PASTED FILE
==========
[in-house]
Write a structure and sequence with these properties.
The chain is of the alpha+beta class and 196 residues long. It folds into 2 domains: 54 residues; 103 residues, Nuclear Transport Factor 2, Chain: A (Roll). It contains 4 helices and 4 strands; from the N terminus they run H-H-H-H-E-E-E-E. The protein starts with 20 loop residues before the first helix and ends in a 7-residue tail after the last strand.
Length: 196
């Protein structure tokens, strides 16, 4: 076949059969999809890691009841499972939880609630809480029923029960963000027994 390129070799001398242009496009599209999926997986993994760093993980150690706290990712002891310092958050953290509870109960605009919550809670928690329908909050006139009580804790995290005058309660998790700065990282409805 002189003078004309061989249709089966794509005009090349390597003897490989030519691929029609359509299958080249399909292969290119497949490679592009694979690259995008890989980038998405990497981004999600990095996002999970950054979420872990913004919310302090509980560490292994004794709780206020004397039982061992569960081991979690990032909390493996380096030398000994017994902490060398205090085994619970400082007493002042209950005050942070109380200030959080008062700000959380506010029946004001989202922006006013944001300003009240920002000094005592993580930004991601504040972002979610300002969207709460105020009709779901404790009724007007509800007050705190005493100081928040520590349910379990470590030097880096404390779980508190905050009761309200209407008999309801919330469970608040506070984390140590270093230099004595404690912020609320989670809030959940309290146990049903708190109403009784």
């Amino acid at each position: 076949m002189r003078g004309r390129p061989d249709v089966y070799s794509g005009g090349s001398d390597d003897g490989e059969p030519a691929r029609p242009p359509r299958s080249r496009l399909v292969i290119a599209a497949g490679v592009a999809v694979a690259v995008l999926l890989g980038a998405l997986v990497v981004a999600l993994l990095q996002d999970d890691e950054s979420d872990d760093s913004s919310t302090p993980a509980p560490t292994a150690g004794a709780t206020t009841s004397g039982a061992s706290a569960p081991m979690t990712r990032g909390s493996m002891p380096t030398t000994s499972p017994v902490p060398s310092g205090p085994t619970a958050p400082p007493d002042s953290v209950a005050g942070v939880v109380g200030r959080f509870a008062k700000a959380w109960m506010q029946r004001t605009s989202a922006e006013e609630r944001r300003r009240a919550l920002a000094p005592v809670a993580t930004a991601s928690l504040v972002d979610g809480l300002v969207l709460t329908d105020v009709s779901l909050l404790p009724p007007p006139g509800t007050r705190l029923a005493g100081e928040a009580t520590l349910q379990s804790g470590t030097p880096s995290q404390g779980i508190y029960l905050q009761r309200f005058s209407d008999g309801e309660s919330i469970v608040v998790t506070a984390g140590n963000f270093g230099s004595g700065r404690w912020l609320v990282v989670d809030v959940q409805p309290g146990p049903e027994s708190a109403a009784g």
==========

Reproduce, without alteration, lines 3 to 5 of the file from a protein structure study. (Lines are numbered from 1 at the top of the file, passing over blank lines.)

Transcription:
The chain is of the alpha+beta class and 196 residues long. It folds into 2 domains: 54 residues; 103 residues, Nuclear Transport Factor 2, Chain: A (Roll). It contains 4 helices and 4 strands; from the N terminus they run H-H-H-H-E-E-E-E. The protein starts with 20 loop residues before the first helix and ends in a 7-residue tail after the last strand.
Length: 196
């Protein structure tokens, strides 16, 4: 076949059969999809890691009841499972939880609630809480029923029960963000027994 390129070799001398242009496009599209999926997986993994760093993980150690706290990712002891310092958050953290509870109960605009919550809670928690329908909050006139009580804790995290005058309660998790700065990282409805 002189003078004309061989249709089966794509005009090349390597003897490989030519691929029609359509299958080249399909292969290119497949490679592009694979690259995008890989980038998405990497981004999600990095996002999970950054979420872990913004919310302090509980560490292994004794709780206020004397039982061992569960081991979690990032909390493996380096030398000994017994902490060398205090085994619970400082007493002042209950005050942070109380200030959080008062700000959380506010029946004001989202922006006013944001300003009240920002000094005592993580930004991601504040972002979610300002969207709460105020009709779901404790009724007007509800007050705190005493100081928040520590349910379990470590030097880096404390779980508190905050009761309200209407008999309801919330469970608040506070984390140590270093230099004595404690912020609320989670809030959940309290146990049903708190109403009784």